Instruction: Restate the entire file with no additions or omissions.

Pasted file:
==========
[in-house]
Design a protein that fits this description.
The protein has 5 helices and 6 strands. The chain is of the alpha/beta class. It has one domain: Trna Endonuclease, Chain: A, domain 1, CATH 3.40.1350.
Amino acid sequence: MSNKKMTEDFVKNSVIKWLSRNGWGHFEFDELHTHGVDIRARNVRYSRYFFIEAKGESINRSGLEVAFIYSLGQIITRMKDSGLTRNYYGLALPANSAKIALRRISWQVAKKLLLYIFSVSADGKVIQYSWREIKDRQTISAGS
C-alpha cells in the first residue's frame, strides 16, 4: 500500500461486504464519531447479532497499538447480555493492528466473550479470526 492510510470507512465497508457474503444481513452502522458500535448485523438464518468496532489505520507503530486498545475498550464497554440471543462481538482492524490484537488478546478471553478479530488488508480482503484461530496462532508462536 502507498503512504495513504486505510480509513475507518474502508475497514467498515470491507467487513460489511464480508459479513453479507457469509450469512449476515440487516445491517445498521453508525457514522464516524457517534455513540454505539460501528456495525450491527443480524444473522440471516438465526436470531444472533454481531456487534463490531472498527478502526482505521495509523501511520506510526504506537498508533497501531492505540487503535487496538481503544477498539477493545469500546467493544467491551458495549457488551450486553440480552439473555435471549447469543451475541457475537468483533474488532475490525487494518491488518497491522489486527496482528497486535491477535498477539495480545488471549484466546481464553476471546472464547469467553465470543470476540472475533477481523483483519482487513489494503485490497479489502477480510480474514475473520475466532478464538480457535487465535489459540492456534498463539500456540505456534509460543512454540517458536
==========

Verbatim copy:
[in-house]
Design a protein that fits this description.
The protein has 5 helices and 6 strands. The chain is of the alpha/beta class. It has one domain: Trna Endonuclease, Chain: A, domain 1, CATH 3.40.1350.
Amino acid sequence: MSNKKMTEDFVKNSVIKWLSRNGWGHFEFDELHTHGVDIRARNVRYSRYFFIEAKGESINRSGLEVAFIYSLGQIITRMKDSGLTRNYYGLALPANSAKIALRRISWQVAKKLLLYIFSVSADGKVIQYSWREIKDRQTISAGS
C-alpha cells in the first residue's frame, strides 16, 4: 500500500461486504464519531447479532497499538447480555493492528466473550479470526 492510510470507512465497508457474503444481513452502522458500535448485523438464518468496532489505520507503530486498545475498550464497554440471543462481538482492524490484537488478546478471553478479530488488508480482503484461530496462532508462536 502507498503512504495513504486505510480509513475507518474502508475497514467498515470491507467487513460489511464480508459479513453479507457469509450469512449476515440487516445491517445498521453508525457514522464516524457517534455513540454505539460501528456495525450491527443480524444473522440471516438465526436470531444472533454481531456487534463490531472498527478502526482505521495509523501511520506510526504506537498508533497501531492505540487503535487496538481503544477498539477493545469500546467493544467491551458495549457488551450486553440480552439473555435471549447469543451475541457475537468483533474488532475490525487494518491488518497491522489486527496482528497486535491477535498477539495480545488471549484466546481464553476471546472464547469467553465470543470476540472475533477481523483483519482487513489494503485490497479489502477480510480474514475473520475466532478464538480457535487465535489459540492456534498463539500456540505456534509460543512454540517458536